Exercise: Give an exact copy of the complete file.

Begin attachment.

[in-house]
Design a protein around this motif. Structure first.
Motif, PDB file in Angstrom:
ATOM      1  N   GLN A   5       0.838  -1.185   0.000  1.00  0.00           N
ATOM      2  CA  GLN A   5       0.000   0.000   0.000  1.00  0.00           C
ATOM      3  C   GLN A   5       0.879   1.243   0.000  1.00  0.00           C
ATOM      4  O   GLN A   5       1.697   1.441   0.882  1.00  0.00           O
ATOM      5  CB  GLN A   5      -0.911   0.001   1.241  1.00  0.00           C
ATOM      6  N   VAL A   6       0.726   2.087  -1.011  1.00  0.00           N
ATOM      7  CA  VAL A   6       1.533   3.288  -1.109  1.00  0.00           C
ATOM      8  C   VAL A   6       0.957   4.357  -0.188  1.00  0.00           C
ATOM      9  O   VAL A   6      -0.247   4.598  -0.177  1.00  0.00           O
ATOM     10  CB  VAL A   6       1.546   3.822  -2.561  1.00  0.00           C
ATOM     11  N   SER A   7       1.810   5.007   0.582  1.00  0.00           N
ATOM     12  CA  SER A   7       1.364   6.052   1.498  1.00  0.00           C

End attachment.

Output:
[in-house]
Design a protein around this motif. Structure first.
Motif, PDB file in Angstrom:
ATOM      1  N   GLN A   5       0.838  -1.185   0.000  1.00  0.00           N
ATOM      2  CA  GLN A   5       0.000   0.000   0.000  1.00  0.00           C
ATOM      3  C   GLN A   5       0.879   1.243   0.000  1.00  0.00           C
ATOM      4  O   GLN A   5       1.697   1.441   0.882  1.00  0.00           O
ATOM      5  CB  GLN A   5      -0.911   0.001   1.241  1.00  0.00           C
ATOM      6  N   VAL A   6       0.726   2.087  -1.011  1.00  0.00           N
ATOM      7  CA  VAL A   6       1.533   3.288  -1.109  1.00  0.00           C
ATOM      8  C   VAL A   6       0.957   4.357  -0.188  1.00  0.00           C
ATOM      9  O   VAL A   6      -0.247   4.598  -0.177  1.00  0.00           O
ATOM     10  CB  VAL A   6       1.546   3.822  -2.561  1.00  0.00           C
ATOM     11  N   SER A   7       1.810   5.007   0.582  1.00  0.00           N
ATOM     12  CA  SER A   7       1.364   6.052   1.498  1.00  0.00           C